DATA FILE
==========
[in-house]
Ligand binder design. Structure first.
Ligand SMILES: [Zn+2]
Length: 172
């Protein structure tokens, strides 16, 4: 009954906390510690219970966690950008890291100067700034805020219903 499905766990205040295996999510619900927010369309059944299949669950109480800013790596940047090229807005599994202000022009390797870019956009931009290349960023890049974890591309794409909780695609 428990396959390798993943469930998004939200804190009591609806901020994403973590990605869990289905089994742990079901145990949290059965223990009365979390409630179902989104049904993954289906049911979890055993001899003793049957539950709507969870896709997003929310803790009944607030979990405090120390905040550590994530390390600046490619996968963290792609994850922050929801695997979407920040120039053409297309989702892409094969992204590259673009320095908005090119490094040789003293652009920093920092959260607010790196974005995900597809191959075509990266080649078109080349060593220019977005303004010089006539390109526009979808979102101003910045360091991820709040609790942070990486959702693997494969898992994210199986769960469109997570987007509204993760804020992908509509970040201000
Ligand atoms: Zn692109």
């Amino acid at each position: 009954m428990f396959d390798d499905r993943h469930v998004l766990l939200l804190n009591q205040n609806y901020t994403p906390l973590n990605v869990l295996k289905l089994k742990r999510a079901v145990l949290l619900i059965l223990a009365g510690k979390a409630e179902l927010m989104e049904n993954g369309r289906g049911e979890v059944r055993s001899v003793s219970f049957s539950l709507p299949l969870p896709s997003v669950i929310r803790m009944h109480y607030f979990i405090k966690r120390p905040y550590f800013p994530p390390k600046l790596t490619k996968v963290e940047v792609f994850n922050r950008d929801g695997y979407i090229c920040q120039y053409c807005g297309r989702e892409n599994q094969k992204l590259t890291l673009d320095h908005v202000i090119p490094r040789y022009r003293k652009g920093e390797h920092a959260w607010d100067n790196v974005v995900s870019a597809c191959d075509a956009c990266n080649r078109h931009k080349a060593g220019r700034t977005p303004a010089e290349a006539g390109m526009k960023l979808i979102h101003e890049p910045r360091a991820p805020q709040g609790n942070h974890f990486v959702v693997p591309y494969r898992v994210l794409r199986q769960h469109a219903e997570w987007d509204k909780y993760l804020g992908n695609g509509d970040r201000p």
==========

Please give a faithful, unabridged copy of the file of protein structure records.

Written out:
[in-house]
Ligand binder design. Structure first.
Ligand SMILES: [Zn+2]
Length: 172
């Protein structure tokens, strides 16, 4: 009954906390510690219970966690950008890291100067700034805020219903 499905766990205040295996999510619900927010369309059944299949669950109480800013790596940047090229807005599994202000022009390797870019956009931009290349960023890049974890591309794409909780695609 428990396959390798993943469930998004939200804190009591609806901020994403973590990605869990289905089994742990079901145990949290059965223990009365979390409630179902989104049904993954289906049911979890055993001899003793049957539950709507969870896709997003929310803790009944607030979990405090120390905040550590994530390390600046490619996968963290792609994850922050929801695997979407920040120039053409297309989702892409094969992204590259673009320095908005090119490094040789003293652009920093920092959260607010790196974005995900597809191959075509990266080649078109080349060593220019977005303004010089006539390109526009979808979102101003910045360091991820709040609790942070990486959702693997494969898992994210199986769960469109997570987007509204993760804020992908509509970040201000
Ligand atoms: Zn692109």
């Amino acid at each position: 009954m428990f396959d390798d499905r993943h469930v998004l766990l939200l804190n009591q205040n609806y901020t994403p906390l973590n990605v869990l295996k289905l089994k742990r999510a079901v145990l949290l619900i059965l223990a009365g510690k979390a409630e179902l927010m989104e049904n993954g369309r289906g049911e979890v059944r055993s001899v003793s219970f049957s539950l709507p299949l969870p896709s997003v669950i929310r803790m009944h109480y607030f979990i405090k966690r120390p905040y550590f800013p994530p390390k600046l790596t490619k996968v963290e940047v792609f994850n922050r950008d929801g695997y979407i090229c920040q120039y053409c807005g297309r989702e892409n599994q094969k992204l590259t890291l673009d320095h908005v202000i090119p490094r040789y022009r003293k652009g920093e390797h920092a959260w607010d100067n790196v974005v995900s870019a597809c191959d075509a956009c990266n080649r078109h931009k080349a060593g220019r700034t977005p303004a010089e290349a006539g390109m526009k960023l979808i979102h101003e890049p910045r360091a991820p805020q709040g609790n942070h974890f990486v959702v693997p591309y494969r898992v994210l794409r199986q769960h469109a219903e997570w987007d509204k909780y993760l804020g992908n695609g509509d970040r201000p």